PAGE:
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  1. #1
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    Supplement nutrition before and during the race

    Hi guys (and maybe girls ), about this topic you talked 100 times, but, I wan't to include supplements in nutrition BEFORE and DURING competitions. I found many articles about nutrition on race day, but nobody included supplements in it. So, do you use any supplements before or during the race, and which are they? Do you see any improves from them? Thank you very much

  2. #2
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    Would recommend not doing anything different on race day than you do on any other, aside from maybe getting a bit more rest, and/or a bit more carbs on the couple of days leading to.
    Good luck
    Round and round we go

  3. #3
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    Oh, I forgot to say, I'll ride races from 1hr to 3-4hrs, so are there different nutrition tactics for 1hr race and 3-hrs race, and which is it? Thanks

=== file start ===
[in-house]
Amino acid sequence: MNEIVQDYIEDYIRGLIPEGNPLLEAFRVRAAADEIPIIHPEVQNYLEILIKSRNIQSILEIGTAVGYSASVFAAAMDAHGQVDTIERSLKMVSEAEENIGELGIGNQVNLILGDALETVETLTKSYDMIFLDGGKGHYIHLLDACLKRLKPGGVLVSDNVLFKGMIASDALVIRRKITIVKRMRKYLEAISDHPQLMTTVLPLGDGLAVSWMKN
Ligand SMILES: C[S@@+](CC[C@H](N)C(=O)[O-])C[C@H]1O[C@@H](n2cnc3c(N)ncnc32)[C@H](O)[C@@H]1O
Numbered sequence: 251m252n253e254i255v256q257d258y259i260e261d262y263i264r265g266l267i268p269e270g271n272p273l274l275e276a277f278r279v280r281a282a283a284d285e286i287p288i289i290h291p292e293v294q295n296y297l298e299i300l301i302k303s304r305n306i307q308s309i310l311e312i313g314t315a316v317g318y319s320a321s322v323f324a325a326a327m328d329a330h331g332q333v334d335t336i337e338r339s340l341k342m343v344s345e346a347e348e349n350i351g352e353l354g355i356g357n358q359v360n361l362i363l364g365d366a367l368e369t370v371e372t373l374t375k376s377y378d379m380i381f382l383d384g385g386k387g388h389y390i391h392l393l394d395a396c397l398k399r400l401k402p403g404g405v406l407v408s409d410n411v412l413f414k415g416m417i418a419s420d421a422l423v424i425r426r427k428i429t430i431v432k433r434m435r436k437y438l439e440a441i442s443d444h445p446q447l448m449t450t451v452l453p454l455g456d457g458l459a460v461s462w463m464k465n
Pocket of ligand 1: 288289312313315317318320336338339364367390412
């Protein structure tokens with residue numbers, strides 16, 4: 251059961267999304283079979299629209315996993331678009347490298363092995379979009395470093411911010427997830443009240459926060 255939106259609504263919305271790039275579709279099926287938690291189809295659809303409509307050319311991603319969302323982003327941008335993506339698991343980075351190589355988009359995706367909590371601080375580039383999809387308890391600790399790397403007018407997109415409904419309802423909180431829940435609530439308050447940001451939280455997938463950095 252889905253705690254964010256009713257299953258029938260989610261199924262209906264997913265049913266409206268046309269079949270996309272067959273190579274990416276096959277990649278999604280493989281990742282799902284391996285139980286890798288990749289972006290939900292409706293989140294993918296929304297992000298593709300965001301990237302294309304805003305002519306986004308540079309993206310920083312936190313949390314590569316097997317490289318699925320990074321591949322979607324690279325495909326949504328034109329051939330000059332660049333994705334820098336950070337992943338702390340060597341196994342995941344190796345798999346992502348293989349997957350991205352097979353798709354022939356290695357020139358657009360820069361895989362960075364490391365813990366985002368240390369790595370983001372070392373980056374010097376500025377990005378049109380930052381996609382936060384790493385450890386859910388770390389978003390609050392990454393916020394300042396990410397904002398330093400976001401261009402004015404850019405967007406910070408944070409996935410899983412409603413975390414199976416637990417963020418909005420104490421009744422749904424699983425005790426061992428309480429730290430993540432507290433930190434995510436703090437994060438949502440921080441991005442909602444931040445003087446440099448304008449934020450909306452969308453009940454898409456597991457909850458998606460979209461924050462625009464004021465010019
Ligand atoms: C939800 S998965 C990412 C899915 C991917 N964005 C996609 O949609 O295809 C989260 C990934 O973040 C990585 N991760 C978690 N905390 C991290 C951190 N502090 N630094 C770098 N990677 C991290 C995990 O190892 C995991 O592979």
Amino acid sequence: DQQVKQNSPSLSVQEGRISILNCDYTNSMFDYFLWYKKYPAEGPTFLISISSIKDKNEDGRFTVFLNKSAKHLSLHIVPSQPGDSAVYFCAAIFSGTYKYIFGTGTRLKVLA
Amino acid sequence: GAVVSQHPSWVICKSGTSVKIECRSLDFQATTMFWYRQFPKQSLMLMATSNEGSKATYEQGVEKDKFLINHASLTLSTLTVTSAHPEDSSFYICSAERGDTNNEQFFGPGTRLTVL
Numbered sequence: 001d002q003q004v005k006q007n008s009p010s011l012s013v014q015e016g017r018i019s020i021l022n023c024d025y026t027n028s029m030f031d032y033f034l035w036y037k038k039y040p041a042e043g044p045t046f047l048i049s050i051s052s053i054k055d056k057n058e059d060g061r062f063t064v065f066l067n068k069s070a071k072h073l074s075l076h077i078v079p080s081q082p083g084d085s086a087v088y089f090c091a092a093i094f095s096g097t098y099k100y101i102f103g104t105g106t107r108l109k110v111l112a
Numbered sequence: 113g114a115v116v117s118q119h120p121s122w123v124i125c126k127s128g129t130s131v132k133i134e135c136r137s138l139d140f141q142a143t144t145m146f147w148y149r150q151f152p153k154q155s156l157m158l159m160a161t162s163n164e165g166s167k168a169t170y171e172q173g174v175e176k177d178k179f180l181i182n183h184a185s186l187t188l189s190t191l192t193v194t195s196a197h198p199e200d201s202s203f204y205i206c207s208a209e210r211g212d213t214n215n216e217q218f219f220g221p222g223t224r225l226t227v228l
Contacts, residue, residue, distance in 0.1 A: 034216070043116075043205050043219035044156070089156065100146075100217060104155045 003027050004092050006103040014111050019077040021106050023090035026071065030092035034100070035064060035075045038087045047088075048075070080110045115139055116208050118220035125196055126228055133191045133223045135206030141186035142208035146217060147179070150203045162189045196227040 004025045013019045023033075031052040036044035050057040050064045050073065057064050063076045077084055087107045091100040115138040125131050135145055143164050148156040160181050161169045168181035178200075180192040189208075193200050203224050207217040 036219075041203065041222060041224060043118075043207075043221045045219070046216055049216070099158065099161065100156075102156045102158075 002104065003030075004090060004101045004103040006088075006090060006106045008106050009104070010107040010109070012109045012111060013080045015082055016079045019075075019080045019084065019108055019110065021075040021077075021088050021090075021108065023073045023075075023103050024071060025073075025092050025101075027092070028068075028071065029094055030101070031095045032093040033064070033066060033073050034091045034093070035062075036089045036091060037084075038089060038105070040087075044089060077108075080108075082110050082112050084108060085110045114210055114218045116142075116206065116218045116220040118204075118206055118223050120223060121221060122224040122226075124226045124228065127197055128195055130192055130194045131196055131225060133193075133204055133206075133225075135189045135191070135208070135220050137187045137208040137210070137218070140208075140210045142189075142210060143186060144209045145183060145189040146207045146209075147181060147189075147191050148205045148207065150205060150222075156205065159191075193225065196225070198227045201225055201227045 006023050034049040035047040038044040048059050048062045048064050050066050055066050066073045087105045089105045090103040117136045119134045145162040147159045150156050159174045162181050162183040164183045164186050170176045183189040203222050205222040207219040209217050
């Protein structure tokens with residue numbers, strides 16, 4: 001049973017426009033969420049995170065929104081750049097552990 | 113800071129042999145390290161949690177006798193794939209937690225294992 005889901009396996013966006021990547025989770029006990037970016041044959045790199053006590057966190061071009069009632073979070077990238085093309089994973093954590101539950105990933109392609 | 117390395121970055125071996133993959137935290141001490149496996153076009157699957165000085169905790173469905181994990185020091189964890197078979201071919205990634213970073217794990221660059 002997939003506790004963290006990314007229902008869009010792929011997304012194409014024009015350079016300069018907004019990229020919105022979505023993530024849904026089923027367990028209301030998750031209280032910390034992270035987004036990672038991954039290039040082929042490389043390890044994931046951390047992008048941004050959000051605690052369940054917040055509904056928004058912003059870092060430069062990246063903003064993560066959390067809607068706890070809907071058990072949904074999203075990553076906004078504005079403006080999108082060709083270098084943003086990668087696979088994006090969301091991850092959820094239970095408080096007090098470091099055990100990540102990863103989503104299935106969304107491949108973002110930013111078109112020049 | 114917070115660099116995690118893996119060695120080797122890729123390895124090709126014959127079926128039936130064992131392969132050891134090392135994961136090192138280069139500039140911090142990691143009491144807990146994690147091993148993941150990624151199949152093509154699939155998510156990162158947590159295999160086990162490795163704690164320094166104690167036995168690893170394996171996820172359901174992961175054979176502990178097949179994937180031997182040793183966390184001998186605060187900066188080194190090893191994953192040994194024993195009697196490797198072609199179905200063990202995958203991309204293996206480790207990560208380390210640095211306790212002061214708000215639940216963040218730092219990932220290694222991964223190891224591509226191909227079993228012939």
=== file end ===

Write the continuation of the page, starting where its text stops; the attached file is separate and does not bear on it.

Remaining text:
4. #4
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    What do you guys think about using this before and during the race?

    https://www.multipower.com/uk/product/multicarbo-drink

  5. #5
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    As a former competitive Marine i realized loaded oatmeal was the best peanut butter , strawberries, cinammon, and carob. The oatmeal releases energy as you need it..

  6. #6
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    OP, you should find a product that has great marketing, expensive, and most importantly, something you believe in. Never overlook the placebo effect. It's probably stronger than any gain you would achieve from any supplement you can purchase.